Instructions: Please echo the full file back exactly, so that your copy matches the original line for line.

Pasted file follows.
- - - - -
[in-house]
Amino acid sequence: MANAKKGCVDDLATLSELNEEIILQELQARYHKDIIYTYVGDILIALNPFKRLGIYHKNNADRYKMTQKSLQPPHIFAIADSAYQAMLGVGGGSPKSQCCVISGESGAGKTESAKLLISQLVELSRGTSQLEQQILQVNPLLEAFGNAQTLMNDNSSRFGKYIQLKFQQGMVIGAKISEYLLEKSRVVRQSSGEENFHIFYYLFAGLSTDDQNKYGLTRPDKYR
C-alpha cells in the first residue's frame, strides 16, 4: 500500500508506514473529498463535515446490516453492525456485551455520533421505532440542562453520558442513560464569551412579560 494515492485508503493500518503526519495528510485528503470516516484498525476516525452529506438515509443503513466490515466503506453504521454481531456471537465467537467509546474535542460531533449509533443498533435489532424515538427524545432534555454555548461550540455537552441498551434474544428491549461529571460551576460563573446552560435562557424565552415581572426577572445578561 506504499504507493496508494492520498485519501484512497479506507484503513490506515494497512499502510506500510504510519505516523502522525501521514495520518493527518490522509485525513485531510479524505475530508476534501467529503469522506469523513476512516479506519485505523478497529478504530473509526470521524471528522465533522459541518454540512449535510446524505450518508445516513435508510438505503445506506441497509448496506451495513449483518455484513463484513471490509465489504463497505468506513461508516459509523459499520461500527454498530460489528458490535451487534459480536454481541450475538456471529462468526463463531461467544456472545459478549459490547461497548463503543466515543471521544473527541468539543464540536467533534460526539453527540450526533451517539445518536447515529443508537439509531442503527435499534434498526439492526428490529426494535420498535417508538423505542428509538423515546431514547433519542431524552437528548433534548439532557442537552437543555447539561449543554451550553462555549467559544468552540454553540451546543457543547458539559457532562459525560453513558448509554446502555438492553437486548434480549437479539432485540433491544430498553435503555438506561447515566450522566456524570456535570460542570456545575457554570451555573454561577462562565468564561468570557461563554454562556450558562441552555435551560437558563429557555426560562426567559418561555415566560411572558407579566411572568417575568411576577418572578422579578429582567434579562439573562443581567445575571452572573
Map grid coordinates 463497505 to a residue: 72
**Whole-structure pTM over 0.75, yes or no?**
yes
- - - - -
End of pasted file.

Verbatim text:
[in-house]
Amino acid sequence: MANAKKGCVDDLATLSELNEEIILQELQARYHKDIIYTYVGDILIALNPFKRLGIYHKNNADRYKMTQKSLQPPHIFAIADSAYQAMLGVGGGSPKSQCCVISGESGAGKTESAKLLISQLVELSRGTSQLEQQILQVNPLLEAFGNAQTLMNDNSSRFGKYIQLKFQQGMVIGAKISEYLLEKSRVVRQSSGEENFHIFYYLFAGLSTDDQNKYGLTRPDKYR
C-alpha cells in the first residue's frame, strides 16, 4: 500500500508506514473529498463535515446490516453492525456485551455520533421505532440542562453520558442513560464569551412579560 494515492485508503493500518503526519495528510485528503470516516484498525476516525452529506438515509443503513466490515466503506453504521454481531456471537465467537467509546474535542460531533449509533443498533435489532424515538427524545432534555454555548461550540455537552441498551434474544428491549461529571460551576460563573446552560435562557424565552415581572426577572445578561 506504499504507493496508494492520498485519501484512497479506507484503513490506515494497512499502510506500510504510519505516523502522525501521514495520518493527518490522509485525513485531510479524505475530508476534501467529503469522506469523513476512516479506519485505523478497529478504530473509526470521524471528522465533522459541518454540512449535510446524505450518508445516513435508510438505503445506506441497509448496506451495513449483518455484513463484513471490509465489504463497505468506513461508516459509523459499520461500527454498530460489528458490535451487534459480536454481541450475538456471529462468526463463531461467544456472545459478549459490547461497548463503543466515543471521544473527541468539543464540536467533534460526539453527540450526533451517539445518536447515529443508537439509531442503527435499534434498526439492526428490529426494535420498535417508538423505542428509538423515546431514547433519542431524552437528548433534548439532557442537552437543555447539561449543554451550553462555549467559544468552540454553540451546543457543547458539559457532562459525560453513558448509554446502555438492553437486548434480549437479539432485540433491544430498553435503555438506561447515566450522566456524570456535570460542570456545575457554570451555573454561577462562565468564561468570557461563554454562556450558562441552555435551560437558563429557555426560562426567559418561555415566560411572558407579566411572568417575568411576577418572578422579578429582567434579562439573562443581567445575571452572573
Map grid coordinates 463497505 to a residue: 72
**Whole-structure pTM over 0.75, yes or no?**
yes